We saw a problem and said we can do better.

Approximately 4,000,000 births occur in this country each year. According to the Center for Disease Control (CDC), the preterm birth rate in the U.S. was 9.8% in 2016, or about 1 in 10 pregnancies — one of the highest rates in the developed world — resulting in approximately 400,000 premature births each year.

At Sera Prognostics we recognize the continuously rising pre term birth costs and health care cost, not to mention the emotional and financial burden it puts on families, and the immediate and life-long health challenges premature babies face.

We assembled a team of extremely qualified experts to find a solution for the problem of prematurity that could help address this major public health challenge.

The result is the PreTRM® test — the first and only broadly clinically-validated blood test that provides an early and individualized prediction of preterm birth risk. This knowledge gives the mother and her doctor the ability to manage her risk with the goal of giving her baby the best start in life. 

The PreTRM test also enables researchers to better understand the causes of preterm birth and to develop new therapies to improve newborn health.

The following interview with Dr. Jay Boniface, the Chief Scientific Officer of Sera Prognostics, developer of the PreTRM test, explains the Science behind the test.

Interviewer: Dr. Boniface, how was the PreTRM test developed?

Dr. Boniface: We began development of the PreTRM test looking at hundreds of proteins broadly across pregnancy.

Interviewer: Why proteins?

Dr. B.: Proteins carry out the most important functions in life. They’re the worker bees of cells and tissues and organisms and if there is a disturbance of some sort, a condition or a disease, proteins are impacted, so they’re the logical biomarker that one should look at.

Interviewer: Which proteins did you select for the PreTRM test?

Dr. B.: Sera discovered two very important proteins that are diagnostic of preterm birth. Those proteins are IBP4, which stands for insulin-like growth factor binding protein four, and SHBG, which stands for sex hormone binding globulin.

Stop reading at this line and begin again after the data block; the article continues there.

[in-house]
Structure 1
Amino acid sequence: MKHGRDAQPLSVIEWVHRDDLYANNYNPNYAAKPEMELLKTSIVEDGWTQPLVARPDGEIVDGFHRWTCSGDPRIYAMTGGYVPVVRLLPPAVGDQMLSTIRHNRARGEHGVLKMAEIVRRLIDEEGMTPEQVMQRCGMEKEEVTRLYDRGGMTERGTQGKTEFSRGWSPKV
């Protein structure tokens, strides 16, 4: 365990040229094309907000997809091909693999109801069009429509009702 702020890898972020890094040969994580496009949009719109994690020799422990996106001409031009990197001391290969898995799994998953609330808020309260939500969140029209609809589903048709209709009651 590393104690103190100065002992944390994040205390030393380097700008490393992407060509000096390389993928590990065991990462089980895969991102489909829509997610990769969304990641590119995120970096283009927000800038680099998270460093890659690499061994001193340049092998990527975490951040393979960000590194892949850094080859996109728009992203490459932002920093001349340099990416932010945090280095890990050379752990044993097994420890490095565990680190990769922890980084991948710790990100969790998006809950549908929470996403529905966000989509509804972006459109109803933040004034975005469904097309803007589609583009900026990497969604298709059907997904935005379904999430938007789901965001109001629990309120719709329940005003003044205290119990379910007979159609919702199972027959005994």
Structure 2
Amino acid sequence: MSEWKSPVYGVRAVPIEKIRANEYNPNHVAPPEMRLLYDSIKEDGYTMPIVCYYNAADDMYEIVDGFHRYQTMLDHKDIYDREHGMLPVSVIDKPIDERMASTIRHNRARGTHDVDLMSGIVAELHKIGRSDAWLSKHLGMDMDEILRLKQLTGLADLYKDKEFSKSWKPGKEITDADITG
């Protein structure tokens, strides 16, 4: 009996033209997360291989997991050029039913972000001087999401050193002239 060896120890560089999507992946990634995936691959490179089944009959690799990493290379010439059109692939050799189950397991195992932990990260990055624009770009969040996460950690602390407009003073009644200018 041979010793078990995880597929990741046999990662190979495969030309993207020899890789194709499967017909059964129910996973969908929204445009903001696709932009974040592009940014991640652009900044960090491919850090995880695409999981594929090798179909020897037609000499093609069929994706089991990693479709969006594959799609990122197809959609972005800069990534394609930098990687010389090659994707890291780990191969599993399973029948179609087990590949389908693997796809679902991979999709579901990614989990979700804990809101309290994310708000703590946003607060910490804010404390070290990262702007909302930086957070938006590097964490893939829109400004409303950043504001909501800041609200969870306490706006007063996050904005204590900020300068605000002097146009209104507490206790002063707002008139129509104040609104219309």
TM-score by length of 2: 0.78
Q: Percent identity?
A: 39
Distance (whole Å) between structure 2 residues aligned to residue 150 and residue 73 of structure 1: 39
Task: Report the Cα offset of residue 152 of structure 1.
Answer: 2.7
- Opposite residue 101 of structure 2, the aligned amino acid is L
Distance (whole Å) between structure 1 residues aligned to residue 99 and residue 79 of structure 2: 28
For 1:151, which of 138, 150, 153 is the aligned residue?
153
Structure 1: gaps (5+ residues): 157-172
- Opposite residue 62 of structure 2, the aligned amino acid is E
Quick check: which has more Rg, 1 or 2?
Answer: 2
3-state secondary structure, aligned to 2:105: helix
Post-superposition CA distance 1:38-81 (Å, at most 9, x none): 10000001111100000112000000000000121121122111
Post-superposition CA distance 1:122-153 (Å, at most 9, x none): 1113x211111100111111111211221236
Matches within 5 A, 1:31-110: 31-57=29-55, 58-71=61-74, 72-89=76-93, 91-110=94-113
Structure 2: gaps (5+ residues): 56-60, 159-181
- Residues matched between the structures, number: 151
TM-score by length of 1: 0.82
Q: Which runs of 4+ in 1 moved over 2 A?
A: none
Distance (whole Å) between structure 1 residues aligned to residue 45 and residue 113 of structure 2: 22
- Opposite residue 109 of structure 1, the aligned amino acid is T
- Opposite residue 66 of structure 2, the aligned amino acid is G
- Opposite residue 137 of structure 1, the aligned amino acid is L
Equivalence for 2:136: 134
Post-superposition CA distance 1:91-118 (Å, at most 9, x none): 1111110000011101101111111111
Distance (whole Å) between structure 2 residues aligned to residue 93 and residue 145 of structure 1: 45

Interviewer: Why protein IBP4?

Dr. B:  IBP4 is a regulator of growth factor pathways, namely insulin-like growth factors, or IGF's. IGF's are profoundly important for the development and growth of both the fetus and the placenta. IBP4 sits at a crossroad where it regulates this growth response pathway. If there is anything wrong with placental or fetal development, IBP4 may be responding to that.

Interviewer: Why protein SHBG?

 Dr. B:  SHBG, or sex hormone binding globulin, regulates the levels of estrogens and androgens, or in other words sex steroid hormones. Estrogens tend to drive pregnancy towards labor, or in other words they oppose the action of progesterone, which is known to maintain pregnancy. Sera sees SHBG levels decreased in women destined to give birth prematurely. Low levels of SHBG would correspond to higher levels of estrogen, which would drive the pregnancy toward labor and explain pre-term birth

Interviewer:  How does the test work?

Dr. B: Sera takes the measures of these two proteins, IBP4 and SHBG, and combines these results in a proprietary, mathematical algorithm or predictor. The score that we derive for each individual patient corresponds to an individual risk of preterm birth, for that patient.

Interviewer: What is the benefit of the PreTRM test?

Dr. B.: The benefit of the PreTRM test is that, until now it was not possible for a woman to know her individual risk of delivering her baby prematurely. With the availability of our test, a pregnant woman and her doctor can be given this information, and together they can better manage the pregnancy.


The full scientific study supporting the PreTRM test was published in the June 2017 issue of Clinical Mass Spectrometry. The study details the strong science and rigorous analytical process discipline behind the PreTRM test. 

“It further demonstrates the robustness of our LC/MS technology platform,” said Gregory C. Critchfield, M.D., M.S., chairman and chief executive officer of Sera Prognostics, developer of the PreTRM test. 

The test’s validation was published as the Editors’ Choice lead article in the American Journal of Obstetrics & Gynecology. It can also be found in the May 2016 issue of AJOG.